August 7, 2012
Techs Compete For Kodak Patents, Auction Bids Start Low
Lawrence LeBlond for redOrbit.com - Your Universe Online
In hopes of climbing out of bankruptcy, Eastman Kodak Co. has opted to auction off some of its digital patents estimated to be worth upwards of $2.6 billion. But so far, opening bids have come in well below that valuation, with Apple and Google offering between $150 million and $250 million, according to people familiar with the matter.But those bids could quickly increase if the two techs vie to keep the patents out of each other´s reach. A similar battle played out last year over Nortel Networks when Google started bidding at $900 million and lost out to a dual onslaught by Apple and Microsoft who won the auction at an unanticipated $4.5 billion.
Kodak is looking for a similar aggressive fight that will earn it enough money to repay creditors and have some money left over to reorganize its mainframe. However, if the bids remain low, it will be a difficult road ahead for the faltering photo and printer company.
According to the Wall Street Journal, a lawyer for Kodak said in January at a bankruptcy hearing that 1,100 patents the firm is trying to unload were worth between $2.2 billion and $2.6 billion. And while it is hard to predict how the bidding war will play out, some people familiar with the matter expect the company will raise around $600 million in the auction. Some Kodak bondholders agree with that estimate, with one expecting a slightly higher $700 million.
Apple had initially objected to the auction of some of Kodak´s patents it is trying to sell, alleging that it owned 10 of the patents in question. But a bankruptcy judge ruled that Apple waited too long to bring infringement claims on two of Kodak´s digital imaging patents. US Bankruptcy Judge Allan Gropper wrote that Kodak's ability to sell the patents would have been "cut off" if Apple had been allowed to bring the claims.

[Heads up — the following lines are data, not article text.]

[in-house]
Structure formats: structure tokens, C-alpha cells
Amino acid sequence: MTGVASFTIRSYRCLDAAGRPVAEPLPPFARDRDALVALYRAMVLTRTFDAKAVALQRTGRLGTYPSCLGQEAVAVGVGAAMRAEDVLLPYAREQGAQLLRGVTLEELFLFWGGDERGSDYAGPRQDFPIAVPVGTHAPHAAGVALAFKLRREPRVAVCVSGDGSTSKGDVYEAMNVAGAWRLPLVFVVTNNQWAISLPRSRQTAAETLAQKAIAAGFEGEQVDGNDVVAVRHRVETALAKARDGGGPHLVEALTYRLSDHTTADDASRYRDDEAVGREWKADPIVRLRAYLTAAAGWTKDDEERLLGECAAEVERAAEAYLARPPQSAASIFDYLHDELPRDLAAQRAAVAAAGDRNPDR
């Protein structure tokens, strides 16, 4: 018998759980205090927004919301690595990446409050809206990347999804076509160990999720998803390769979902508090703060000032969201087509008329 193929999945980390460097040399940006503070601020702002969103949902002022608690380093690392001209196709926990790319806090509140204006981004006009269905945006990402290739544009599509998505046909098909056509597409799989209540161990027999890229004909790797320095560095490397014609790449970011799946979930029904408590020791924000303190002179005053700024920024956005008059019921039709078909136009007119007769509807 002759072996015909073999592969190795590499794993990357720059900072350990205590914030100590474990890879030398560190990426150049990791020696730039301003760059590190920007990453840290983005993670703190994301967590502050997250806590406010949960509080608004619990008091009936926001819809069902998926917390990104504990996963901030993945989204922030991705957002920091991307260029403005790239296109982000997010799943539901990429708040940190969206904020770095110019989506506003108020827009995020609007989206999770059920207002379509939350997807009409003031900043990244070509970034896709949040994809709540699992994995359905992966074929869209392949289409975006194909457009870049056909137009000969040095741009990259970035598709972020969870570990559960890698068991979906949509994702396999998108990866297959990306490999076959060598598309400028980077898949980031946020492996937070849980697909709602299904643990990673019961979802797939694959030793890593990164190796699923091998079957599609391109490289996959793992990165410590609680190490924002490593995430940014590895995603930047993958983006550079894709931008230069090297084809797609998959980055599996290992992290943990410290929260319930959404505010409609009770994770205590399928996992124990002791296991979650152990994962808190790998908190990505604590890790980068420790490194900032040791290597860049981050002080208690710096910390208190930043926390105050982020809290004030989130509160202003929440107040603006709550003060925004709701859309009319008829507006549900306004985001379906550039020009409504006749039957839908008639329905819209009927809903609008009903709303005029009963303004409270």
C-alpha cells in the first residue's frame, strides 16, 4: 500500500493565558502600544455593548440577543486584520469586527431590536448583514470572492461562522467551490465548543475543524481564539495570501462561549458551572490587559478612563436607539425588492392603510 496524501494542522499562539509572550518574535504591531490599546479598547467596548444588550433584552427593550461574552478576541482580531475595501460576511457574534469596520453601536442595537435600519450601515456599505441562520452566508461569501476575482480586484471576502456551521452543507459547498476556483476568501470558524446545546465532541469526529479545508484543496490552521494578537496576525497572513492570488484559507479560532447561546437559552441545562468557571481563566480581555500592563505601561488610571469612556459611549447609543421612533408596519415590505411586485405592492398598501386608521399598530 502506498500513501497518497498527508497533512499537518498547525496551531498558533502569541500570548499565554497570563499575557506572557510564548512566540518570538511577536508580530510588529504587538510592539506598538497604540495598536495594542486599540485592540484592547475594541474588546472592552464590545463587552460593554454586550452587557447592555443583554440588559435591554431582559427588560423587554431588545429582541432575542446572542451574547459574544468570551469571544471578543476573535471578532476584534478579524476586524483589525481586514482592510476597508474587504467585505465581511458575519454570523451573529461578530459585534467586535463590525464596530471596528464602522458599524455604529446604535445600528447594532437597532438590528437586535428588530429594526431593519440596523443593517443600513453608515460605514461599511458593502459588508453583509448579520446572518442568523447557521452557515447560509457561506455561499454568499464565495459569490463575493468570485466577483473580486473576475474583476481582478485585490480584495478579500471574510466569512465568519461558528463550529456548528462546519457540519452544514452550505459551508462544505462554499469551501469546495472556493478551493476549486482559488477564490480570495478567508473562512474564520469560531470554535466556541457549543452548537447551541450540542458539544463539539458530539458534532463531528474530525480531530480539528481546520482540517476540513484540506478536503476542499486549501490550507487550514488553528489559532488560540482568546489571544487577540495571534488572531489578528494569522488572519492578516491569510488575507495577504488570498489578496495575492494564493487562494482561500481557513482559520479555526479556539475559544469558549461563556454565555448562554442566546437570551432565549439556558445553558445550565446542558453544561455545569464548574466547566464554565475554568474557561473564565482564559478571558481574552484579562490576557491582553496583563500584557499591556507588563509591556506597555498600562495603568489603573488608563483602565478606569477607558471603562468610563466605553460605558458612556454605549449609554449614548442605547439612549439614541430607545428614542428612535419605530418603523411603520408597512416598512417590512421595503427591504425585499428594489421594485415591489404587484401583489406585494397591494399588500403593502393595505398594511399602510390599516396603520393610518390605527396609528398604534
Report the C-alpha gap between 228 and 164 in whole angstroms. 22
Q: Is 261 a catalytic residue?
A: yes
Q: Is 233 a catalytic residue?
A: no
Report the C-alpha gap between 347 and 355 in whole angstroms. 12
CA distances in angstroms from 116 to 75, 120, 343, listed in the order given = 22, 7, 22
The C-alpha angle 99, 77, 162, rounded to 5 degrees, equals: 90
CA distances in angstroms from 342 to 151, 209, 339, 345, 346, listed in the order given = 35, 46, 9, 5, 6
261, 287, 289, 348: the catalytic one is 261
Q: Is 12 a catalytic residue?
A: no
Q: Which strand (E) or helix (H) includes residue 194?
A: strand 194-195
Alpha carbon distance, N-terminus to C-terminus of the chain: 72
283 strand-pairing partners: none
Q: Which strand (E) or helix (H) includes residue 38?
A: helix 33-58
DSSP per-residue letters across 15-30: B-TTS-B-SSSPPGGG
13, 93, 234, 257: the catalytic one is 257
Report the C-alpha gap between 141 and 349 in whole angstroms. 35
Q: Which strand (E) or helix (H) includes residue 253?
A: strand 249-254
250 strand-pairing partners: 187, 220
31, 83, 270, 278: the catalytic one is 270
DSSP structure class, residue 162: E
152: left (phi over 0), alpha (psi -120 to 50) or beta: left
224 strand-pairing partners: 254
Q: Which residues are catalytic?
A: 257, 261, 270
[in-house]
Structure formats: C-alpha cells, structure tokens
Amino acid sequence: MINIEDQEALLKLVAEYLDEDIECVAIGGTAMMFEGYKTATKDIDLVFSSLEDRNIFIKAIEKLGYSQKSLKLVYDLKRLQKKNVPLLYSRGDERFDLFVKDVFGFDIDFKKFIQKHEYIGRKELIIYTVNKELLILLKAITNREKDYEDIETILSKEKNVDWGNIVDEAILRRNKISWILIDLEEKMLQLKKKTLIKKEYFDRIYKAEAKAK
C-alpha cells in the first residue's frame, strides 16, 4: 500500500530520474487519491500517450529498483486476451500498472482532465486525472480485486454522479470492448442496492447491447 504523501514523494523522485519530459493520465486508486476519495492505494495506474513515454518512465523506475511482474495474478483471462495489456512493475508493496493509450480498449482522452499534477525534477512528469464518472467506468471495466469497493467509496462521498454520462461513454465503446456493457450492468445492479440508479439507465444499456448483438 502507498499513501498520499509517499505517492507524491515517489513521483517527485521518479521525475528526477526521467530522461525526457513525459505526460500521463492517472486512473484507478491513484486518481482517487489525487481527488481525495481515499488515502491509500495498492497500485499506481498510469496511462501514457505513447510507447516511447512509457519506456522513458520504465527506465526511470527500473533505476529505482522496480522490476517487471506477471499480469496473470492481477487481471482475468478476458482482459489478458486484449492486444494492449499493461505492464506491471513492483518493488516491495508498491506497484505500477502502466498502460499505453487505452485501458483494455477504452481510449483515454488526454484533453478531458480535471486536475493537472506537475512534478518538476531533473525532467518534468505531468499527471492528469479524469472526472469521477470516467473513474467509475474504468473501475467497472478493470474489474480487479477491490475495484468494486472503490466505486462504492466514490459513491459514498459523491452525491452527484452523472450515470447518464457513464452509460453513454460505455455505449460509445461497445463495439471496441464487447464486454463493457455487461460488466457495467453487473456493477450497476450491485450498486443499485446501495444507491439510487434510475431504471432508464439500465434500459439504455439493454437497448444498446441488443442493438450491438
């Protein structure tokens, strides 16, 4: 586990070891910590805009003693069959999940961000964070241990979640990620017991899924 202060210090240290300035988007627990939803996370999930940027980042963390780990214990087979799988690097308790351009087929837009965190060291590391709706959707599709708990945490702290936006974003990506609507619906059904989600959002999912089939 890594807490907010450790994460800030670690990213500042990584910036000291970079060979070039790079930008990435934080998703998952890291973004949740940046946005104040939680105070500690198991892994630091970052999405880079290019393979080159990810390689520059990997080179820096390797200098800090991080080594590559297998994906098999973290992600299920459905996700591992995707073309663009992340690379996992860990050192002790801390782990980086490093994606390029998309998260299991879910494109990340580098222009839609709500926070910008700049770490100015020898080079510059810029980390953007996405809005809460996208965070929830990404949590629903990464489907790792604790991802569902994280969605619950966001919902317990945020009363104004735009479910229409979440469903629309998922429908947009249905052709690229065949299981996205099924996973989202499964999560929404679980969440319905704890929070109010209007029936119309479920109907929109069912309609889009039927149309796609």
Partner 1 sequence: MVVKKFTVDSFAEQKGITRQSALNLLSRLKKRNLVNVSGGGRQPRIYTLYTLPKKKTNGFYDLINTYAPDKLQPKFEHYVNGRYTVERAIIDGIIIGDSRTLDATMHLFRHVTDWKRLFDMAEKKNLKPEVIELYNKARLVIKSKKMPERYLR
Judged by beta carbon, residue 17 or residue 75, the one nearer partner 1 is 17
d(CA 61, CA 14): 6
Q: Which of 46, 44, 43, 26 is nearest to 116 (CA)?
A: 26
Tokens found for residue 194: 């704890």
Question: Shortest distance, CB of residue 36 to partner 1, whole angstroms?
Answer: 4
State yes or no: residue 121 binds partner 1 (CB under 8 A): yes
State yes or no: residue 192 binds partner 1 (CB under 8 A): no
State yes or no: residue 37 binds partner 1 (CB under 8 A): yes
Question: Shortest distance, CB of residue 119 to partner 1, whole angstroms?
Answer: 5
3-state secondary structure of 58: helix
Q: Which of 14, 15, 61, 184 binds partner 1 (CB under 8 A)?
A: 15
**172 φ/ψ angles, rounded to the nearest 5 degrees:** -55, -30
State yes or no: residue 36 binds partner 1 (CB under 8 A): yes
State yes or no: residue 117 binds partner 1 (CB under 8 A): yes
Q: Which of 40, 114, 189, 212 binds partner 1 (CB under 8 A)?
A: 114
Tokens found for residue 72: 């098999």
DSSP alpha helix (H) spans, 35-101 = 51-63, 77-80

Kodak had also launched a suit against Apple and Research In Motion over one of its most lucrative patents. Yet, the International Trade Commission invalidated that patent last month. Kodak appealed the ruling, but a verdict isn´t due until next year, well after the patent sell-off is complete.
Kodak is selling the patents in two separate lots: one portfolio related to capturing and processing images on cameras, smartphones and tablets; while the other is tied to storing and analyzing images, as well as other things.
Kodak has kept quiet on the details of the patent auction, after a bankruptcy judge approved the company´s request to keep bids and results secret until a winner is selected on August 13, 2012.
“The auction process, including information about bids and the identity of bidders, is confidential pursuant to an order of the Bankruptcy Court,” a Kodak spokesman told WSJ. “Disclosure of submitted bids or the identity of bidders would violate the court´s order, and Kodak believes that speculation about the details and potential outcome of the auction is inappropriate.”
Once the auction is over, any monies received from the auction must first be applied to a $950 million bankruptcy loan Kodak has with Citigroup Inc. Kodak has drawn $700 million of the loan and has issued about $114 million in letters of credit under the facility. Additional proceeds would be split among so-called second-lien bondholders and the company.
Kodak´s printer business is continuing to lose money, with commercial and consumer business units losing $53 million in the second quarter. Overall, Kodak has posted a $299 million loss for the quarter, as sales fell 28 percent.
Data from market research firm IDC shows that Kodak held 8.2 percent of the commercial printer market in the first quarter of 2012, compared to 25 percent in the last three quarters of 2011. Consumer printer shares dropped from 3.4 percent to 3 percent for the same period, IDC reported.